Kiki had a little monologue about World AIDS Day, which had been the day before. "Everyone I ever liked died of AIDS. I'm mean, YOU'RE okay, but... You know what you're like better than I do." She told a long, hilarious story of a man she had dated in the 50s, a "Santa impersonator." "He was Santa year round. He was Santa-identified, Santa-adjacent." She talked about the joy of being Santa's girlfriend during the holidays but how they would get weird looks from people at other times of the year.


She sang "The Boys in the Backroom," which made the heart of this Dietrich junkie sing with joy. This song incongruously led to "Frosty the Snowman." She took a long slug of her drink and said, "You want her to run, you gotta gas her up!"


The funniest story of the night was about Sylvia Plath. "I wouldn't call her a barrel of laughs but she was a fun girl. I think she was a frustrated showgirl. But you know really, what's the difference between a showgirl and a poet? A poet is a showgirl who is lacking in oomph. You know how she died, but I can tell you, that was not the first time she put her head in the oven. That was a standard thing for her. One day I went into the kitchen to make some popcorn - - you kids might not know this, but before the age of the microwave, we had to make popcorn on the stove. Anyway, I wanted to make some popcorn but Sylvia was in the way. I had to tell her to put her head in the oven another time, I needed to use the stove. The appliances change but the desire for popcorn remains the same."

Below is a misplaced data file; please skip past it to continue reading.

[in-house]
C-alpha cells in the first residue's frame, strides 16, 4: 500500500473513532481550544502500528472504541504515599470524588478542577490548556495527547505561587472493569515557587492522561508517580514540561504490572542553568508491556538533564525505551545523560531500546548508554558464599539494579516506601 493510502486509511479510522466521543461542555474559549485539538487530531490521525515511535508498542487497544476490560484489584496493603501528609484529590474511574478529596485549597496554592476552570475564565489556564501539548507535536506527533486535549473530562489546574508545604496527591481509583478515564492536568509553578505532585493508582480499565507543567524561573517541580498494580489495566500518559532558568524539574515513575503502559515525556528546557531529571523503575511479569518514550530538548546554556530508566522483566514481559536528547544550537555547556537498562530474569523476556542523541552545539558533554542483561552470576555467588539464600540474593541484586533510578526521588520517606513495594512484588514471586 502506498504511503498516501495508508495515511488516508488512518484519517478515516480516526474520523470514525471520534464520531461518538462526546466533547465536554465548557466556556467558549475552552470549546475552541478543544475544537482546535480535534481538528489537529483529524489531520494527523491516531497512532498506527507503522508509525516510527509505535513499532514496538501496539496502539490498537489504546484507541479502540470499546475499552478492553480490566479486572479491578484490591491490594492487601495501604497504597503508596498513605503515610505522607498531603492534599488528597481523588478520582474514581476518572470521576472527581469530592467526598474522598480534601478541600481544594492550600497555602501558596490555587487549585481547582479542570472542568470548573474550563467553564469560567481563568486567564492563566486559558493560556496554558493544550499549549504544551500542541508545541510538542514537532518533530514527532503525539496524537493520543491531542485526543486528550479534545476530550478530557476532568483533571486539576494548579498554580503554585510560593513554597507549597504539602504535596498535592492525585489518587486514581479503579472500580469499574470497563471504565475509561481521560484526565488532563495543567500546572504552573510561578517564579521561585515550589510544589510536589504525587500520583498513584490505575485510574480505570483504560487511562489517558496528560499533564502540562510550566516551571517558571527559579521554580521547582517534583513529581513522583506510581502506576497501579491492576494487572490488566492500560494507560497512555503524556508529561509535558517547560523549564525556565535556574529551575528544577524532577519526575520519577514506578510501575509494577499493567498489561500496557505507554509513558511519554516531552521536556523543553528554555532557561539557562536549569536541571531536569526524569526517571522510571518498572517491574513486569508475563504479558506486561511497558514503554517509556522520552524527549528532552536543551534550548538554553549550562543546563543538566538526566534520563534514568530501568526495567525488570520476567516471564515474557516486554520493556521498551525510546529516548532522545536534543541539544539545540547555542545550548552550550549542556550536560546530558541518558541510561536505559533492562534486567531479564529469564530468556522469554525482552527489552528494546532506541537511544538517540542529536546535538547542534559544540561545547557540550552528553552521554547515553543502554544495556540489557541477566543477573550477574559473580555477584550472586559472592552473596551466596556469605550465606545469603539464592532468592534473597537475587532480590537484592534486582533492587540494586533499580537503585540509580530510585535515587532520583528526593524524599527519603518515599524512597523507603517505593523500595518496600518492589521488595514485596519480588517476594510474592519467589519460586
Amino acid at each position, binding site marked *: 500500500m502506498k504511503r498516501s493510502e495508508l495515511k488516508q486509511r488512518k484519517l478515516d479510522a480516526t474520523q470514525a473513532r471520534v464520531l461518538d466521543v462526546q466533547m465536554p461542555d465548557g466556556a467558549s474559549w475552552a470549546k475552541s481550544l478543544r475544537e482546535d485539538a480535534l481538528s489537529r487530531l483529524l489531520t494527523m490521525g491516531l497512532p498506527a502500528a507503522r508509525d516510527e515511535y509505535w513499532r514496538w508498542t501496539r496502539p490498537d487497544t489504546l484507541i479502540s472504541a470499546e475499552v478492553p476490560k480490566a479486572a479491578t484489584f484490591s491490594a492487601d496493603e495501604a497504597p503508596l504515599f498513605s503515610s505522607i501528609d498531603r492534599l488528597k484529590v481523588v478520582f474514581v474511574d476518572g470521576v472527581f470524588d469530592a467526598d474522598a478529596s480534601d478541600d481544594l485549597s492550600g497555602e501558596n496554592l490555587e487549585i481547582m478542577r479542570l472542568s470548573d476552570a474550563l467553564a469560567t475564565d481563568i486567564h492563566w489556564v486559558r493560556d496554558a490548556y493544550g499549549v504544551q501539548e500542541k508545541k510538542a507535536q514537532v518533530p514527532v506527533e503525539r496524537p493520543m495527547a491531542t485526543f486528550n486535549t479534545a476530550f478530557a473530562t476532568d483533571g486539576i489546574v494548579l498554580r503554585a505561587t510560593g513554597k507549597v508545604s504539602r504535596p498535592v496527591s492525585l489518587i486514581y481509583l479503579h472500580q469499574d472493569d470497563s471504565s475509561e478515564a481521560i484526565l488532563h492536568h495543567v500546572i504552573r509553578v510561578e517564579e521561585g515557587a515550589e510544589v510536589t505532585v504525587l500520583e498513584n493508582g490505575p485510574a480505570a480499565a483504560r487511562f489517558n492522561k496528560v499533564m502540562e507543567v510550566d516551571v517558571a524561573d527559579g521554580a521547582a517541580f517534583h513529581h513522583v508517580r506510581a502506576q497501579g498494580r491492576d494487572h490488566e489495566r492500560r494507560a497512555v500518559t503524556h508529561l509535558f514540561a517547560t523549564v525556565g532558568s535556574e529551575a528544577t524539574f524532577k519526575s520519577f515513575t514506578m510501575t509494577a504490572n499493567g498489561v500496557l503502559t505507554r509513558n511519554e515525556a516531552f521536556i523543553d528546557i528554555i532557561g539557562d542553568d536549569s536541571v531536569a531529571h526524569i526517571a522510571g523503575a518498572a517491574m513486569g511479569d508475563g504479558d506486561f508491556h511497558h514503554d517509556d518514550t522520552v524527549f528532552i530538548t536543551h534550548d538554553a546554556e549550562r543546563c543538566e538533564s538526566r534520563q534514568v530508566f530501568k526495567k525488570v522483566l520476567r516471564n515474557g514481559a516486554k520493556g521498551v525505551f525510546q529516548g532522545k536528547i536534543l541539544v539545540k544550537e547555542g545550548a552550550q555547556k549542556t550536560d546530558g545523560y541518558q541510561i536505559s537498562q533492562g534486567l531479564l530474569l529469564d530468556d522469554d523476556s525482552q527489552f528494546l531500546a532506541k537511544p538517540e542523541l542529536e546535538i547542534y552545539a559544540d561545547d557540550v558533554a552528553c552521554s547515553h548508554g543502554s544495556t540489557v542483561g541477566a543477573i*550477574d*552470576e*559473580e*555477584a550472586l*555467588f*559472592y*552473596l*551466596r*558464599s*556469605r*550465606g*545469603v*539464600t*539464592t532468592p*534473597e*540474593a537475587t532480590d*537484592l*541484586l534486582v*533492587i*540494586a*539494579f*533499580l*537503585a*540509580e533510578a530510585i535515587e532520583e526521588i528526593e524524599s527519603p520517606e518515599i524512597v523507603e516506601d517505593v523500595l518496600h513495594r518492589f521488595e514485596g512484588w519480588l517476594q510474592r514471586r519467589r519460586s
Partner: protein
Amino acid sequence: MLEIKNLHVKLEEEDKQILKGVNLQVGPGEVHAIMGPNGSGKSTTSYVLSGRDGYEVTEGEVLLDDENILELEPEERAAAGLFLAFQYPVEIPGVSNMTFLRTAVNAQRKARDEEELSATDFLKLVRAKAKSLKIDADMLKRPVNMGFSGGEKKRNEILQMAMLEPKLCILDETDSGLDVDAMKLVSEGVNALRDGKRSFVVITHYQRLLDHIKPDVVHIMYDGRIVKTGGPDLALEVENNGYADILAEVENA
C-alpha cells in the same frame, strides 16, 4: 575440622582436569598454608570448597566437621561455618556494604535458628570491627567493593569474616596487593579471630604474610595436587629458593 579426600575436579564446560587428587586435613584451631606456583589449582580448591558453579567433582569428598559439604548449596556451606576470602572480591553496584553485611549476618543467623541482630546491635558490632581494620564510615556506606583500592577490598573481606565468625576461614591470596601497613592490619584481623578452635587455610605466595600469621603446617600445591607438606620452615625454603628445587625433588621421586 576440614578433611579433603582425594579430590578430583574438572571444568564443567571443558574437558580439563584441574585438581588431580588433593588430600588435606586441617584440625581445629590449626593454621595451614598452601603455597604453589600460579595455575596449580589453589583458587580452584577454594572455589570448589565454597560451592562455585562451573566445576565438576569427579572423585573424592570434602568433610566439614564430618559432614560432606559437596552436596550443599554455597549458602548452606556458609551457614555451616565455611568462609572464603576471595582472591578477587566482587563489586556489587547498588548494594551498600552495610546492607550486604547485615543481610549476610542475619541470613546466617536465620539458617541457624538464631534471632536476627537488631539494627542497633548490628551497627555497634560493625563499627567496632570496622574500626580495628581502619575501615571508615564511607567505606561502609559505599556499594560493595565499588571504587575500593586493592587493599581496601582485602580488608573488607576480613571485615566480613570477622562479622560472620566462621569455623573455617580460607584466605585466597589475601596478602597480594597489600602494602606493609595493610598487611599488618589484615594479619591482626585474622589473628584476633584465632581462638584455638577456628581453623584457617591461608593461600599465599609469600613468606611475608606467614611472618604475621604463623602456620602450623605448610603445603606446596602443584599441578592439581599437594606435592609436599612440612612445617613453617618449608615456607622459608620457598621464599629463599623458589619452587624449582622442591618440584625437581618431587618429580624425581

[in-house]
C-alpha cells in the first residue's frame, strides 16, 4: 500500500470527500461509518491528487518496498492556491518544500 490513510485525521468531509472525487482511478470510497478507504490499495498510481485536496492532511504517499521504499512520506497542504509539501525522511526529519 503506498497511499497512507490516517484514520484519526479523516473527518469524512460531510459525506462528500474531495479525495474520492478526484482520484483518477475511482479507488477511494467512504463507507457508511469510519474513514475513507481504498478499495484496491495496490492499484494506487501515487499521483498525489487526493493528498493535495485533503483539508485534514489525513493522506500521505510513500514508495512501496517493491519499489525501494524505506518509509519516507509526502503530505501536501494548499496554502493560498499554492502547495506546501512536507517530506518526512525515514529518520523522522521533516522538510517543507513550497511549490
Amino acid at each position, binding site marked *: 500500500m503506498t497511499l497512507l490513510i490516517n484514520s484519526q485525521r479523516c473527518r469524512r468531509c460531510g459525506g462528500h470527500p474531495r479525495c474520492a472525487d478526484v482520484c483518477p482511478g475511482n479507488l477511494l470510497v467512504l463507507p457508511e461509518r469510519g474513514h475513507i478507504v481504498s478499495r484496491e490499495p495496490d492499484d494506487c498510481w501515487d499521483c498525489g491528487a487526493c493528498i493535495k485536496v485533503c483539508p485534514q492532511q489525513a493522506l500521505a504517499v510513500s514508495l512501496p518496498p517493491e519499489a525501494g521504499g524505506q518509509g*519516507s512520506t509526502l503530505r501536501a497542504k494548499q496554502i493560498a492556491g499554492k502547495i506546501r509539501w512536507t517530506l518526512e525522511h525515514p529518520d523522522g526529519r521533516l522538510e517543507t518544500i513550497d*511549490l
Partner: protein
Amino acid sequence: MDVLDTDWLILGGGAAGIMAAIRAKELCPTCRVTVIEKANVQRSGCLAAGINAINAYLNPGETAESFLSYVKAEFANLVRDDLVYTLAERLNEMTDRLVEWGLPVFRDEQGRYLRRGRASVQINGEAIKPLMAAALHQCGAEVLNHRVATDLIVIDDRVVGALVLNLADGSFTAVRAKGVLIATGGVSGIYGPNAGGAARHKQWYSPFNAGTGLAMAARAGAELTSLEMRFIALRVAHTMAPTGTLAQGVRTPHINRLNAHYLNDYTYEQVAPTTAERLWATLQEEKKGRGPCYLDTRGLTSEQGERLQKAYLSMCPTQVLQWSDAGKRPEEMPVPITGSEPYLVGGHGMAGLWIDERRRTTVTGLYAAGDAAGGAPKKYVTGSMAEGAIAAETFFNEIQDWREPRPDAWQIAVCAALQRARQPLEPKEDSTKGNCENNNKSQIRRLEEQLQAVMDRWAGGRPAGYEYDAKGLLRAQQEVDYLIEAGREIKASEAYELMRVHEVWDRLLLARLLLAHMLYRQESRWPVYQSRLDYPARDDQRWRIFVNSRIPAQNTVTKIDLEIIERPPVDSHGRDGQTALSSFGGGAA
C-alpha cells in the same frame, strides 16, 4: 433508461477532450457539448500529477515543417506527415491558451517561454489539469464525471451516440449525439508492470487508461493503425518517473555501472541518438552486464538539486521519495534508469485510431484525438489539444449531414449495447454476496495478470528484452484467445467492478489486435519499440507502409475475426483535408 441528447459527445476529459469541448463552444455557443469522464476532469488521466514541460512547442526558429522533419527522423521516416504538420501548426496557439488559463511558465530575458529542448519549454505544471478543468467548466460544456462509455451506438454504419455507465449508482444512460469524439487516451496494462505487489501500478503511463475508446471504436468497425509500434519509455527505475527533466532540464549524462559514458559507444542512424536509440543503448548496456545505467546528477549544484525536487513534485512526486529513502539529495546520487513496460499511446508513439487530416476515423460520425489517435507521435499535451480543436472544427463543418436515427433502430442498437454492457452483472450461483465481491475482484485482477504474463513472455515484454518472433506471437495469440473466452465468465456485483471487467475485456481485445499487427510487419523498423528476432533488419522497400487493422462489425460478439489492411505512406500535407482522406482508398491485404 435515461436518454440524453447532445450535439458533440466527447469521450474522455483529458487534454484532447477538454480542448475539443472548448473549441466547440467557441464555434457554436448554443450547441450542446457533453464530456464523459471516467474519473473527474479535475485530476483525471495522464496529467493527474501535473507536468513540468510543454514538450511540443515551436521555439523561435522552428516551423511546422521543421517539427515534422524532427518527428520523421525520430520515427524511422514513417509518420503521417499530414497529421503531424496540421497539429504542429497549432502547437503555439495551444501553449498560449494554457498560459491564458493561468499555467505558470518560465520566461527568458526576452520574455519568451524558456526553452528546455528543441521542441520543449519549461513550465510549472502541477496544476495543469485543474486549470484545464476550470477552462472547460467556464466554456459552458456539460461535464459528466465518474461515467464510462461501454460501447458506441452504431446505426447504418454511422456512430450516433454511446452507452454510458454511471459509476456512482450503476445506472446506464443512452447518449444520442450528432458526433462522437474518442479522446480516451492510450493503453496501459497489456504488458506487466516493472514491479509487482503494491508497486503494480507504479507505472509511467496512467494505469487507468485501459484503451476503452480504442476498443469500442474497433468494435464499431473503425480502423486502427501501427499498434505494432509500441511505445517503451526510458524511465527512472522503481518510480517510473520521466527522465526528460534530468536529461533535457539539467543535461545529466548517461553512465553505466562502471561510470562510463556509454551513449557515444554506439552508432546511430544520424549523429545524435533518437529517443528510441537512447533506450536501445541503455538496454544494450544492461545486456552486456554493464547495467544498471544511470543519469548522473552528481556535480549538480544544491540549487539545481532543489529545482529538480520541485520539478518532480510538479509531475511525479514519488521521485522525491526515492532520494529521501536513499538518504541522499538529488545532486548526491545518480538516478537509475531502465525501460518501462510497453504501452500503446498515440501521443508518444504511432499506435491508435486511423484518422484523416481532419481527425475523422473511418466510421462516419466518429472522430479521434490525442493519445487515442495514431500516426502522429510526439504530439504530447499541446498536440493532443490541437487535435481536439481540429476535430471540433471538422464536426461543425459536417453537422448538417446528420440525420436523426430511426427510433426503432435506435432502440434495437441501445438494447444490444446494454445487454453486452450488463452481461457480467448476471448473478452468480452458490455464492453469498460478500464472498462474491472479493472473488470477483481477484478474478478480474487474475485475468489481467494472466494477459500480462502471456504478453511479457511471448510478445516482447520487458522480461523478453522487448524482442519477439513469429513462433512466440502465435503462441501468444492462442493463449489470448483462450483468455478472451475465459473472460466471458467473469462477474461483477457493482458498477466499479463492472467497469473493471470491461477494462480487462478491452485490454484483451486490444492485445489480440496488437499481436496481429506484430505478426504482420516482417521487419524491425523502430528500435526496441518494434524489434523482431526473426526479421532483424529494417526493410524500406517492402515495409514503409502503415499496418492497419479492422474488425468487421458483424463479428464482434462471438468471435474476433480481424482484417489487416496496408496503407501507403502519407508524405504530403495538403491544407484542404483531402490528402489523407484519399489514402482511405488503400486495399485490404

She sang "River" by Joni Mitchell, which was unbearably touching. "I wish I had a river I could skate away on." Not really a holiday song but a winter song, definitely. She left the stage so she could change her dress. I should say she started the show in a paisley satin number with a single shoulder strap. This dress showed off her somewhat saggy boobies, which I think were augmented for this show. Her second dress was a red sparkly number, partnered with a tremendous, opulent red feather boa. That girl can work a boa, I'm here to tell you.


She talked about how she and Herb met, in an orphanage, a "children's institutional." She said that Herb was one of the great loves of her life. She sang "I'm Gonna Keep On Loving You" (by REO Speedwagon) and dedicated it to Herb. It was slightly ridiculous but also profoundly moving. A Kiki and Herb specialty.

She told a long, funny story about a cow that was over 2,000 years old. It had been in the stable at the birth of Jesus. No one was paying attention and the cow was hungry so she ate a piece of Jesus's afterbirth and miraculously attained eternal life. She was alive for a few hundred years when she was sent to Rome and became part of the whole Catholic show. As Kiki said, "An indentured show cow in the service of the Pope." Kiki liberated the cow and brought her on the road.

They sort of ended the show with "Stairway To Heaven." Something went off kilter with the microphone so Kiki sang the last phrases "unplugged," which inspired lots of intense screaming from the audience.


I said they sort of ended the show, because of course, like with any grand diva, there were encores. Miss Caballé was known to do eight or ten encores! Their first encore got a delighted gasp from the audience: "Send In the Clowns." Sondheim had just died a few days before, so this was especially meaningful. Kiki sang it with delicacy and intense feeling, I will never hear a greater performance of that song. The show ended with a more up-tempo number, a song I didn't know, a sort of mawkish saloon Christmas ballad. Why not.


[Photo by Richard Termine courtesy of the BAM Press Office]